A few arts and science colleges that had allotted a certain percentage of seats to students from the Central Board of Secondary Education are not regretting their decision.

Though it took them some effort to hold on to that quota – which varies between five and 15 per cent – because of the long gap between the publication of the State Board Plus-Two and CBSE Grade XII results, colleges say that the wait was worth it because they got quality students.

With the gap getting wider every year, the apprehension levels of CBSE students aspiring to enter arts and science colleges only increases. This is because the Government or the affiliating university does not stipulate a fixed quota for CBSE students.

Colleges that admit these students regularly every year do so out of their own interest, even at the cost of the long gap. The number is discretionary. K. Sundararaman, Principal of Sri Krishna Arts and Science College, says that the college is keen to admit CBSE students because they are good. It has admitted nearly 150 students.

“We try to reserve 10 – 15 per cent seats for them. There is a slight increase or decrease depending on the number of State Board students who fail to take the provisional admission. Almost all students have 80 per cent and above and those from the humanities opt for commerce, and others go for biotechnology, microbiology, or computer science,” he says.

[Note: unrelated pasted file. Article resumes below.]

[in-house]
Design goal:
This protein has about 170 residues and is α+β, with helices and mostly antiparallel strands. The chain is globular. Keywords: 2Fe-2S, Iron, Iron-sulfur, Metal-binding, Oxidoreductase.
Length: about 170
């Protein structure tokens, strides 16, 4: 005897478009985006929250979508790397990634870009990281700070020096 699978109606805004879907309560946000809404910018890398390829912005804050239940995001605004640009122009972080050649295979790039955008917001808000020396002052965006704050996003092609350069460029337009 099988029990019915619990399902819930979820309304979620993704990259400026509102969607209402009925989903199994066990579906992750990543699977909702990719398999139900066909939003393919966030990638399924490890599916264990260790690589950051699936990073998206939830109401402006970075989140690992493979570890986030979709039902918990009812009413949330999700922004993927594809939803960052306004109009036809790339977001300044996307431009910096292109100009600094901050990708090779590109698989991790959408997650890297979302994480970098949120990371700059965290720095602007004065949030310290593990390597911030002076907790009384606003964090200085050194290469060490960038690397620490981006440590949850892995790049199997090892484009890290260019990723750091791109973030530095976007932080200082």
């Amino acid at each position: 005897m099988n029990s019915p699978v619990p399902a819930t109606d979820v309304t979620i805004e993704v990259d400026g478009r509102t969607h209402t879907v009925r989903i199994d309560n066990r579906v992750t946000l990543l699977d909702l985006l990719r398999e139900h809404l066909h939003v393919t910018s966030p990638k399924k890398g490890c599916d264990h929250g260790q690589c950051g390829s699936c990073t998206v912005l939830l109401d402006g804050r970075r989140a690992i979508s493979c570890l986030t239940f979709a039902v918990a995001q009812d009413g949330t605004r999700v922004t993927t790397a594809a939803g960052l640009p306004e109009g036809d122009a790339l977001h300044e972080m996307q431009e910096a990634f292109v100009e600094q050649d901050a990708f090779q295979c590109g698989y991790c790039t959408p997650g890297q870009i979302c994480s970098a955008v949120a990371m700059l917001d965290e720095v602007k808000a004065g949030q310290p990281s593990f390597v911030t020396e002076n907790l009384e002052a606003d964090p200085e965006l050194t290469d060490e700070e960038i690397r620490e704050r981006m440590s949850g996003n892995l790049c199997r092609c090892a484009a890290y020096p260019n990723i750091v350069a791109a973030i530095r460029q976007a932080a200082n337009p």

CBSE students prefer to apply only in colleges that are ranked among the top five in the city. These colleges get an idea of seats to be reserved from the number of CBSE students who register when they buy applications.

This year, with many high-scoring State Board students preferring to study in arts and science colleges and the gap between State Board and CBSE results touching the 16-day mark, the competition became even tougher for the CBSE students.

According to Geetha Jayachandran, Principal of Yuvabharathi Public School, those from CBSE wishing to continue higher education in Tamil Nadu find the going tough.

“Since there is no fixed quota in colleges, students are in a quandary till they are formally admitted,” she says.

Echoing the fears of parents, she says that though there are a few colleges admitting CBSE students, there is no laid down rules on quota, process of admission, cut-offs, or normalisation of marks. The fate of those who scored below 80 per cent is again anyone’s guess.

This year, some CBSE students preferred to switch over to the State Board in Plus-One because their parents did not want them to go through the hassle that their seniors did on completion of Grade XII.